Grocery shopping continues to go largely unshown, but at least we got to see the Whole Foods logo, amirite?? In the kitchens, Isabella is, amazingly, totally dismissive of Tiffany's crudo concept but very confident in his own. Broads, man--thinkin' they can be all competitive and capable an' shit. Carla busts out the nitro, trying to show that she can go outside her comfort zone in her own way and still succeed. Stephen's spazzing a bit; Richard notes that he seems out of his element. And it's possible that Tre has gone a bit bye-bye since his last run on the show. Lots of manic laughter that I don't remember from before.

Kate Krader of Food and Wine is along for the dine, and each restaurant's real chef also joins at the table. We get to see the chefs chit-chatting in the car between restaurants, which is a fun change of pace. The meals!


Tre: Grilled swordfish, braised artichoke, mushroom panna cotta, basil oil. In short: he nails it. Elegant simplicity, and a tasty panna cotta.
Spike: Seared branzino caponata, spicy prosciutto vinaigrette. The skin has a nice crispy texture, but in calling his condiment a caponata, Spike draws criticism for it being dry and loose.
Richard: Crudo of Spanish mackerel, braised veal shank, fennel mostarda. Elegant, delicious. The chefs all like it; Richard's introspection about self-editing while dining at Marea appears to have paid off.
Stephen: Coho salmon condito, black mission figs, broccoli rapini, fennel pollen. Bourdain's bon mot ("it tastes like a headshop") summarizes in his unique way what others also find: the pollen flavor is a bit aggressive.

Má Pêche

Fabio: Roasted lamb, hoisin plum barbecue sauce, corn tomato salad, lemongrass chèvre ricotta. Always a bad sign, Colicchio is bewildered by this dish. So too is Chang, who would never combine these components. Bourdain thinks Fabio is "lost in the woods" on this one.
Tiffany: Crudo of summer flounder, pickled radish, peach purée. It's missing something: likely the flair that would make it a fit on a Chang menu. Chang says this is something you could find at Daniel or something. Probably not meant as a dig at Chef Boulud, but it came off as one anyway.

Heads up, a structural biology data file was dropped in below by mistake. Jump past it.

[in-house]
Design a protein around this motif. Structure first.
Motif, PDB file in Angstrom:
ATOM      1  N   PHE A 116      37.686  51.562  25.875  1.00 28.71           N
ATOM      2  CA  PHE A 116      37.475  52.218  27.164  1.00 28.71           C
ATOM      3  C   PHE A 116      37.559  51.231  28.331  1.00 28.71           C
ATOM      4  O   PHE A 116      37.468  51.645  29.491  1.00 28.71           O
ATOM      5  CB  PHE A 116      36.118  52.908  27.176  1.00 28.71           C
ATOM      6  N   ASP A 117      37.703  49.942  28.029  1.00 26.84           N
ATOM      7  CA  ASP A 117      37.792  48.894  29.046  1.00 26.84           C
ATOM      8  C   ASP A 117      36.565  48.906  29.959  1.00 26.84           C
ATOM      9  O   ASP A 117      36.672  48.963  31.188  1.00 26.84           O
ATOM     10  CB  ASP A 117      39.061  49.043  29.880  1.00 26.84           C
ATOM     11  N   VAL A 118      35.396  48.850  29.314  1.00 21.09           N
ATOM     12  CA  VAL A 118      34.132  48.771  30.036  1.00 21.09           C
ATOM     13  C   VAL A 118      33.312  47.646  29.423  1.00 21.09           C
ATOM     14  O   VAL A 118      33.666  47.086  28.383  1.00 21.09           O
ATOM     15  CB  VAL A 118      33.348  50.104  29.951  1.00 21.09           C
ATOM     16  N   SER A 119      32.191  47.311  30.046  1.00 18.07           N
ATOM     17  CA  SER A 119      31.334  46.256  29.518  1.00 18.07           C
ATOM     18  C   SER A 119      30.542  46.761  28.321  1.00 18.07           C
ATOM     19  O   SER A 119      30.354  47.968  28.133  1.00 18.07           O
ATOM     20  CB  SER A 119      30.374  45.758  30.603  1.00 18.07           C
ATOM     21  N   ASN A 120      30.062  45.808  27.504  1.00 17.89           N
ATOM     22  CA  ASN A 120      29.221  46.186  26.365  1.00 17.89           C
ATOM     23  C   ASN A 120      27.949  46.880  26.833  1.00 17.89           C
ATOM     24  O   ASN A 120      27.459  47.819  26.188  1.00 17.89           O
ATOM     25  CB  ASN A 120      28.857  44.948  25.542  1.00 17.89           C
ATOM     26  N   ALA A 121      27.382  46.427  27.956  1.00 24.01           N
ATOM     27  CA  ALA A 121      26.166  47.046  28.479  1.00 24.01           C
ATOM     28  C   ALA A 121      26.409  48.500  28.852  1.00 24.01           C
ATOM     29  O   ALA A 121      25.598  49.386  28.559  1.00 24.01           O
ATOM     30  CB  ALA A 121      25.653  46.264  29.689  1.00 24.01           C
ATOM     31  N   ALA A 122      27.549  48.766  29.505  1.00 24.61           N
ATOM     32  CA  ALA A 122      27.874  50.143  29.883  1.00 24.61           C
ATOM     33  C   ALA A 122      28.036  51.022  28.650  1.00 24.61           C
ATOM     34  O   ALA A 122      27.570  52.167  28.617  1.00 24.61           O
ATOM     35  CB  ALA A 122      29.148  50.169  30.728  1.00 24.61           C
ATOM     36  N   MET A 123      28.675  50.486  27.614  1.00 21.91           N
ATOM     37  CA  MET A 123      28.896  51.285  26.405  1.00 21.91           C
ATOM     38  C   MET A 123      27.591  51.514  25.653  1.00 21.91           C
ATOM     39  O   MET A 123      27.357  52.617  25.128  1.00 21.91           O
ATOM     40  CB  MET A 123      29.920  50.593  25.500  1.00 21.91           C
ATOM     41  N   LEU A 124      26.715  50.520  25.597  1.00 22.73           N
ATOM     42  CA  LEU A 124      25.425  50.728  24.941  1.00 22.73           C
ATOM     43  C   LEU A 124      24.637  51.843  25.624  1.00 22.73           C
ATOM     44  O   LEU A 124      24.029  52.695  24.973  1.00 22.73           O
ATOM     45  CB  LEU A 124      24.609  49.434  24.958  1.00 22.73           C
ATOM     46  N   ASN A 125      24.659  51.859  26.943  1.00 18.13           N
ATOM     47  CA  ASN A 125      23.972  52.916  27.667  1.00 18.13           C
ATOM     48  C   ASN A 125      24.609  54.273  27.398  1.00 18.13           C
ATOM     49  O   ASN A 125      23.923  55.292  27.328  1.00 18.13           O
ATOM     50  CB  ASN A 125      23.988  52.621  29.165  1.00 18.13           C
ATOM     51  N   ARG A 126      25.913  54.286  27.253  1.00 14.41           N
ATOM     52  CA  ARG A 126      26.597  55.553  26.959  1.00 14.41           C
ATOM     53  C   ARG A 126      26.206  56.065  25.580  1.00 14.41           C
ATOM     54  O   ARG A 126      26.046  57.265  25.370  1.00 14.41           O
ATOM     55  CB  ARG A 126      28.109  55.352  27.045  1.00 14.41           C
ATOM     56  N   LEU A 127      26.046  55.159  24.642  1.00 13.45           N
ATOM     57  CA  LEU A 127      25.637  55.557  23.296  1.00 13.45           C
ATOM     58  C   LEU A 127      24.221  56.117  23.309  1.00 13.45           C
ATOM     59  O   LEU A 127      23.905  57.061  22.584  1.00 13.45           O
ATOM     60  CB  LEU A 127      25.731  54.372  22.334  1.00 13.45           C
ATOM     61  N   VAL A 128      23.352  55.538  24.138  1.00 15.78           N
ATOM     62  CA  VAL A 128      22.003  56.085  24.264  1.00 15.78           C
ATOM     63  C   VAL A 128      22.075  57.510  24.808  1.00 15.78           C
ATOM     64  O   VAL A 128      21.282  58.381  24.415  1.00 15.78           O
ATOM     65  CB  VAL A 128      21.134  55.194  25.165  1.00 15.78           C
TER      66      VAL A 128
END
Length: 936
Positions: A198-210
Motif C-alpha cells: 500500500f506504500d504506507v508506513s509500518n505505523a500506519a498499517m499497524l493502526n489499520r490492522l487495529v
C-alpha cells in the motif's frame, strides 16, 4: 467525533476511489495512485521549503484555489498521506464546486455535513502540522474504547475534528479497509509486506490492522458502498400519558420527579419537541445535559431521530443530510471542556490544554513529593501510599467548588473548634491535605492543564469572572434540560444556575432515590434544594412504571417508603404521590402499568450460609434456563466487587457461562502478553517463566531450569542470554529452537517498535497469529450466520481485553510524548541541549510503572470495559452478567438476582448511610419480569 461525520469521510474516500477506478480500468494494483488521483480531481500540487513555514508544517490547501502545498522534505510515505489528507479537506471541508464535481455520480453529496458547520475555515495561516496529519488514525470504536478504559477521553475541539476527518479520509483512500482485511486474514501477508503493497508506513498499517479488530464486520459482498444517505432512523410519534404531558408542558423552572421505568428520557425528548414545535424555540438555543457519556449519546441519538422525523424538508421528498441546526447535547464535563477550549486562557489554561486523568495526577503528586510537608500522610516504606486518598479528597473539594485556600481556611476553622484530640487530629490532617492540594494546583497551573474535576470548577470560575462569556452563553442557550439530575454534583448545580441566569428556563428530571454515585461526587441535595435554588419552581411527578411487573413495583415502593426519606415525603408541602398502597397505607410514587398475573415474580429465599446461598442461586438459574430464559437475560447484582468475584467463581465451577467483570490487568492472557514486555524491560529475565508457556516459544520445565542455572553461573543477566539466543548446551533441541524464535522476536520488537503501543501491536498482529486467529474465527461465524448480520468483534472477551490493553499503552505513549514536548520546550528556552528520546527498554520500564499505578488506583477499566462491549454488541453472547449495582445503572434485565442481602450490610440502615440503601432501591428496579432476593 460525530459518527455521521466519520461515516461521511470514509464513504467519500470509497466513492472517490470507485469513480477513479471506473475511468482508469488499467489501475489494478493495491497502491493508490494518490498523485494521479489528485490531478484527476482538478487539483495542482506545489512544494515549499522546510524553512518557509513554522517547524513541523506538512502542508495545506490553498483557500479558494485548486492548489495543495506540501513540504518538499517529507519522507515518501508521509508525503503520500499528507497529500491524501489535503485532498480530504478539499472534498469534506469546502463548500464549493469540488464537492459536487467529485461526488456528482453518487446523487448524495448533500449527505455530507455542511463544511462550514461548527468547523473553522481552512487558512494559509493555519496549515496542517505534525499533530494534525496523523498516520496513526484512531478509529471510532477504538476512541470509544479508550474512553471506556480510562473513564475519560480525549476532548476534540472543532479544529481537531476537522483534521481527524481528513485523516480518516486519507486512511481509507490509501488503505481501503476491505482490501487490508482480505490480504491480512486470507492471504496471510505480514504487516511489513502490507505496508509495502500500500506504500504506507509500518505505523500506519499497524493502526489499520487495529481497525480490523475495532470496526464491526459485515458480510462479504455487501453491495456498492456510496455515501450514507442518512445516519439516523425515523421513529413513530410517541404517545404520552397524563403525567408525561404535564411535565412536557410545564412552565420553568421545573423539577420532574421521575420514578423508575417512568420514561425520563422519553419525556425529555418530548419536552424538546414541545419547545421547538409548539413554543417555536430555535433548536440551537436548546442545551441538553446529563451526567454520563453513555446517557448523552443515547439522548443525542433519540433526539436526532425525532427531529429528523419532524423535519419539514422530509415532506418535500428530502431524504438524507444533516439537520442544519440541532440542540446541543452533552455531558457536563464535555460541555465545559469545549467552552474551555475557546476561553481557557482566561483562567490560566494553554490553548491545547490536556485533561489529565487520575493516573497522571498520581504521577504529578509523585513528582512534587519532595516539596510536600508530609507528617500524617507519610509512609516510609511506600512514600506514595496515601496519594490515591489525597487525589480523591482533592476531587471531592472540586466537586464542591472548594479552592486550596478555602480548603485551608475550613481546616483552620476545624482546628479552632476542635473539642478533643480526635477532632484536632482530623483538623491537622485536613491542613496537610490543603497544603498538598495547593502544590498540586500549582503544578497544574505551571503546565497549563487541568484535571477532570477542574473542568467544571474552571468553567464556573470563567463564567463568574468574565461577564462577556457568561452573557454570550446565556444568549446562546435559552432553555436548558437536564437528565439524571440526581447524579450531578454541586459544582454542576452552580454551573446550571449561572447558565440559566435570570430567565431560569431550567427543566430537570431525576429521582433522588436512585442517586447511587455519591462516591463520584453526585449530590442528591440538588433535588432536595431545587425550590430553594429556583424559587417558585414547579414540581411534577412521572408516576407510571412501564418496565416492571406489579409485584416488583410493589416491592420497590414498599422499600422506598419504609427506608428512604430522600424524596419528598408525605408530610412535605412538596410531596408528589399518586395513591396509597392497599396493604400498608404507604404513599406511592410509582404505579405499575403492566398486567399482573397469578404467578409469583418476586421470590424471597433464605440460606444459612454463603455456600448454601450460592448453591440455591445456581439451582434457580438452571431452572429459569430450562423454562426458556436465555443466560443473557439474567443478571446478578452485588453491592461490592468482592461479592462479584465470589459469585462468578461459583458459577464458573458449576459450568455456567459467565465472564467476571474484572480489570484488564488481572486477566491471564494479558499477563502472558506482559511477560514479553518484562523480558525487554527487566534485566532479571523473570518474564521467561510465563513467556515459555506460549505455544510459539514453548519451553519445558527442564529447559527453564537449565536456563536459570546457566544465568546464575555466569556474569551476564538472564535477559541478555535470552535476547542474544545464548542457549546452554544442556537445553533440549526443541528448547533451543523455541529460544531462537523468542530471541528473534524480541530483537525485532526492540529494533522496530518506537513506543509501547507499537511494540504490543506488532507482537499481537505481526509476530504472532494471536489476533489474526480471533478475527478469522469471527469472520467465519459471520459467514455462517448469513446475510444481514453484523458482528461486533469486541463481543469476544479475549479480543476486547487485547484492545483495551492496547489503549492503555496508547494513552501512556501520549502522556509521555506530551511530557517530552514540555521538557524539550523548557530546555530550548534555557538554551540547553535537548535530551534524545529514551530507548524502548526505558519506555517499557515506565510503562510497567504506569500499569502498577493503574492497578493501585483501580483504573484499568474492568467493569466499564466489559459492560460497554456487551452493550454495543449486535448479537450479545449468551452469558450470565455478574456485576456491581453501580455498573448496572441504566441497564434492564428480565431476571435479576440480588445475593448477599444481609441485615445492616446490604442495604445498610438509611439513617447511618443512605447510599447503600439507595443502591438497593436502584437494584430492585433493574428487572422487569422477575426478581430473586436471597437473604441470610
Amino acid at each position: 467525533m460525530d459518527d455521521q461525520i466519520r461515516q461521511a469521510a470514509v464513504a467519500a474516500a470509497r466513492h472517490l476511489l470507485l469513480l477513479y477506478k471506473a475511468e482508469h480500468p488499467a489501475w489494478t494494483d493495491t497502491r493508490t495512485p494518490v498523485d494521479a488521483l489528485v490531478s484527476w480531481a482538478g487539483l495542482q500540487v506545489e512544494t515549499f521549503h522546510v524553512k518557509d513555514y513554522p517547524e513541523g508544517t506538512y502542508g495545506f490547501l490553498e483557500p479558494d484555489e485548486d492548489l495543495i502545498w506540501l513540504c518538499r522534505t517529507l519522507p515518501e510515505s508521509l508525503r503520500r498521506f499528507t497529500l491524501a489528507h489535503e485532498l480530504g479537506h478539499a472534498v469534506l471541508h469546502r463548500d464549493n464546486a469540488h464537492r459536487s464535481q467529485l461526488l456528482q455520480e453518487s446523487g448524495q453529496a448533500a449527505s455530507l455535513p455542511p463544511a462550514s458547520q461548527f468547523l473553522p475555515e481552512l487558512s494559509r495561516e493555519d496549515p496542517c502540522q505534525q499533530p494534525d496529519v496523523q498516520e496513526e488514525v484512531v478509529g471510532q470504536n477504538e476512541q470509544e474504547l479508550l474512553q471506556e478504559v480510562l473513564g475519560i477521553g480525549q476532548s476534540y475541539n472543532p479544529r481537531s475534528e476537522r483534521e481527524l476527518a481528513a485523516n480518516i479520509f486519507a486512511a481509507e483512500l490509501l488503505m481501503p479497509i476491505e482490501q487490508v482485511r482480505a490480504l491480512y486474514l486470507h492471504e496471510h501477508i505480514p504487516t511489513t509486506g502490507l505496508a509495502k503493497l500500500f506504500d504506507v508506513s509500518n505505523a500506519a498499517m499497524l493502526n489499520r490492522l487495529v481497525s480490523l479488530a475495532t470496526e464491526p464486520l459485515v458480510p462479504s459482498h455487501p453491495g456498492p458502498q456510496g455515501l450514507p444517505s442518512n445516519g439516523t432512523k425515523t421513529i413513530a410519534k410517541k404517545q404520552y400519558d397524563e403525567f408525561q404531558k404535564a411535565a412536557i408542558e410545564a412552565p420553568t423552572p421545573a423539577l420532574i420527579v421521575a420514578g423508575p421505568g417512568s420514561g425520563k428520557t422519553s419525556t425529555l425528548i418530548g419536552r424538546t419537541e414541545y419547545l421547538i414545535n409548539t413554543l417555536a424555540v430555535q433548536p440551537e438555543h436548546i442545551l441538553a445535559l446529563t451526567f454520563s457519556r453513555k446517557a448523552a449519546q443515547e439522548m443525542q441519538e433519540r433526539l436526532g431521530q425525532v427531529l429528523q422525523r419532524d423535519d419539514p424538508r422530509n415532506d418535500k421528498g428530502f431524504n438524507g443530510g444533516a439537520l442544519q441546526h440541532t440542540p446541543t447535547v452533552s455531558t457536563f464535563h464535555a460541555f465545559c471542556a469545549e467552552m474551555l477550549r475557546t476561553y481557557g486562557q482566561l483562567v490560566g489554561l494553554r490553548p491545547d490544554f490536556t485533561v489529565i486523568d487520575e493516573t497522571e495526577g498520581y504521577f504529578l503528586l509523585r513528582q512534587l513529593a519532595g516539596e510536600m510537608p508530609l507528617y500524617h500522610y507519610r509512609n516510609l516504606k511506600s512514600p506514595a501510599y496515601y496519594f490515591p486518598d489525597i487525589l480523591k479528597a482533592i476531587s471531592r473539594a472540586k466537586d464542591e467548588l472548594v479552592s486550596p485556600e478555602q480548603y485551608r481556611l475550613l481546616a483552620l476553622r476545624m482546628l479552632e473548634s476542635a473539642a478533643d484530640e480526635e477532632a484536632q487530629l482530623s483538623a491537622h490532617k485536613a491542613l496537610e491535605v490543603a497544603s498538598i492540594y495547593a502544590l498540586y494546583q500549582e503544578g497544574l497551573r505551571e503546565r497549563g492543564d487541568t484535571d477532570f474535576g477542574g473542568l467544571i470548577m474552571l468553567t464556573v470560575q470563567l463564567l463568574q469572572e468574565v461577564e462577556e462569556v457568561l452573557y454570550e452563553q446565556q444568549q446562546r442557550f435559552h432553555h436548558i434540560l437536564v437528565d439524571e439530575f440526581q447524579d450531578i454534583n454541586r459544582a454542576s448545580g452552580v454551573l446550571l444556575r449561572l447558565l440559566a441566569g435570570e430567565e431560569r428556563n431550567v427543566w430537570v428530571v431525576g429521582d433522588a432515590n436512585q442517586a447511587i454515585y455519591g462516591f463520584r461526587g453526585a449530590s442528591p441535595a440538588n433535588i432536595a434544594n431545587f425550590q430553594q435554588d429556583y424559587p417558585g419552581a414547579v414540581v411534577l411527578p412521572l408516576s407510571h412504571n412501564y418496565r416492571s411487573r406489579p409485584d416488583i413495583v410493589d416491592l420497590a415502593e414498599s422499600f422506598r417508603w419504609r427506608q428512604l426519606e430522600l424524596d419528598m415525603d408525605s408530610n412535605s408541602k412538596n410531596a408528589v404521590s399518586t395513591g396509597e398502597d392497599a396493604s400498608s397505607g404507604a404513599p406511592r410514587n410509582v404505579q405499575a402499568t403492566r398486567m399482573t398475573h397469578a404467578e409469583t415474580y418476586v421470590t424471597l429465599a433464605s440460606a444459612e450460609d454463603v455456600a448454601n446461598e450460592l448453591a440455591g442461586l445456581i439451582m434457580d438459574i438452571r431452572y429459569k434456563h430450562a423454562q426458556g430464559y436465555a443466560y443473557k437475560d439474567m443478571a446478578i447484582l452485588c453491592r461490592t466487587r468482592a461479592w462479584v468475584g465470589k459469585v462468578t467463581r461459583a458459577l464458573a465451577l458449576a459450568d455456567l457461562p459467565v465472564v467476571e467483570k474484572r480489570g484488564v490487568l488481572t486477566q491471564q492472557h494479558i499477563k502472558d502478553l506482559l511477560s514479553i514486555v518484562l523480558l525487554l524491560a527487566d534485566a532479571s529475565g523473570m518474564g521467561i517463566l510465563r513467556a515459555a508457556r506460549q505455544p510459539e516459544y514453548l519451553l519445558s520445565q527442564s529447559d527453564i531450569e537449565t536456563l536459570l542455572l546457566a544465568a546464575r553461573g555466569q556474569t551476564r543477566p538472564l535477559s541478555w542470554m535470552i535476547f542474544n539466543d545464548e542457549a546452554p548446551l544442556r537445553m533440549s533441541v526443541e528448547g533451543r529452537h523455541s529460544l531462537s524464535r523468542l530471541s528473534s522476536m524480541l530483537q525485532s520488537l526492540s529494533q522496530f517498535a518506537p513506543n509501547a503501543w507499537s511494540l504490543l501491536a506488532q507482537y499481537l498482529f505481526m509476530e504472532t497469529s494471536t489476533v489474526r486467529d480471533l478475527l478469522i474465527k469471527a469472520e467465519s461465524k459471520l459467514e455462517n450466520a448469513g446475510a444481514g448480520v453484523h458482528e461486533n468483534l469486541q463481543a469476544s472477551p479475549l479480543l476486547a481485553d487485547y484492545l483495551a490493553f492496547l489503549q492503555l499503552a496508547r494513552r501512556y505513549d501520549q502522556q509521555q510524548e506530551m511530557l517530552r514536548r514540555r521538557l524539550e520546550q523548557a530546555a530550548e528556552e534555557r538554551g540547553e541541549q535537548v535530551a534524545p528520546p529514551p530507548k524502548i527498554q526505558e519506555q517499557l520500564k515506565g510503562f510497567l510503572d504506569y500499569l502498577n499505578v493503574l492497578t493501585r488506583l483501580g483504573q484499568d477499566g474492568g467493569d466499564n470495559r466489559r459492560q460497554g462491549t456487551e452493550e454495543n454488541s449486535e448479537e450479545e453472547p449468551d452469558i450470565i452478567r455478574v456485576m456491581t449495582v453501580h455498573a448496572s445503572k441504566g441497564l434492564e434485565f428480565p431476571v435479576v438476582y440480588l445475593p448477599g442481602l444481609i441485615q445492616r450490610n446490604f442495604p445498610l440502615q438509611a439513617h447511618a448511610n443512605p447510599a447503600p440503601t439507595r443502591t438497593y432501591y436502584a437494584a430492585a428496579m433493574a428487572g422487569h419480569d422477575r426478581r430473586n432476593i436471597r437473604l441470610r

Isabella: Cured sockeye salmon (warm), charcoal eggplant, marinated tomatoes, pickled peach. It's not over-the-top wacky, and Tom loves the eggplant.
Angelo: Turmeric-marinated fish (unspecified), dill, cilantro, salmon roe, chorizo, white chocolate. Angelo wants to make a splash with the white chocolate inclusion, and he succeeds. Krader finds the flavor combination exciting, and Chang hails it as innovative.


Big Dale: Roasted veal loin, peanuts, popcorn, french toast, corn, thyme caramel. In the kitchen, Dale was constantly asking Casey for her opinion. My opinion upon seeing the dish? The judges are either going to LOVE it or HATE it. And indeed, while the diners comment on the creativity of the concept, they all agree that it was way too sweet.
Antonia: Pea purée, carrot purée, seared scallop, pickled carrot, mint oil. While she wasn't shy with the salt shaker, Antonia's playful take on peas and carrots pleases Burke.
Casey: Coconut halibut "scallop," tapioca "caviar," ginger carrot emulsion. Lots of " " in there, but Burke loves it.
Jamie: Smoked tomato and bacon soup, heirloom tomato salad, smoked burrata, charred onion vinaigrette. The smoke is insignificant. There's no "wow" from Burke on this one. Did Jamie really think that soup and salad would amaze anyone? I fail to understand the people who are Jamie fans. Never saw anything from her that really seemed impressive.


Little Dale: Sunny side up egg dumpling, braised pork belly, milk-style ramen with bacon, beef, and pork. Dale knows that Wylie loves eggs (he's been paying attention), and his dumpling looks like just the right balance between sumptuous and overwrought for a mad scientist like Wylie. Dale also notes that you're not going to win over the chef by doing a poor approximation of his techniques, so he's not trying to go all MG for no good reason. Bourdain and Colicchio both love it, hailing the complexity of the flavors.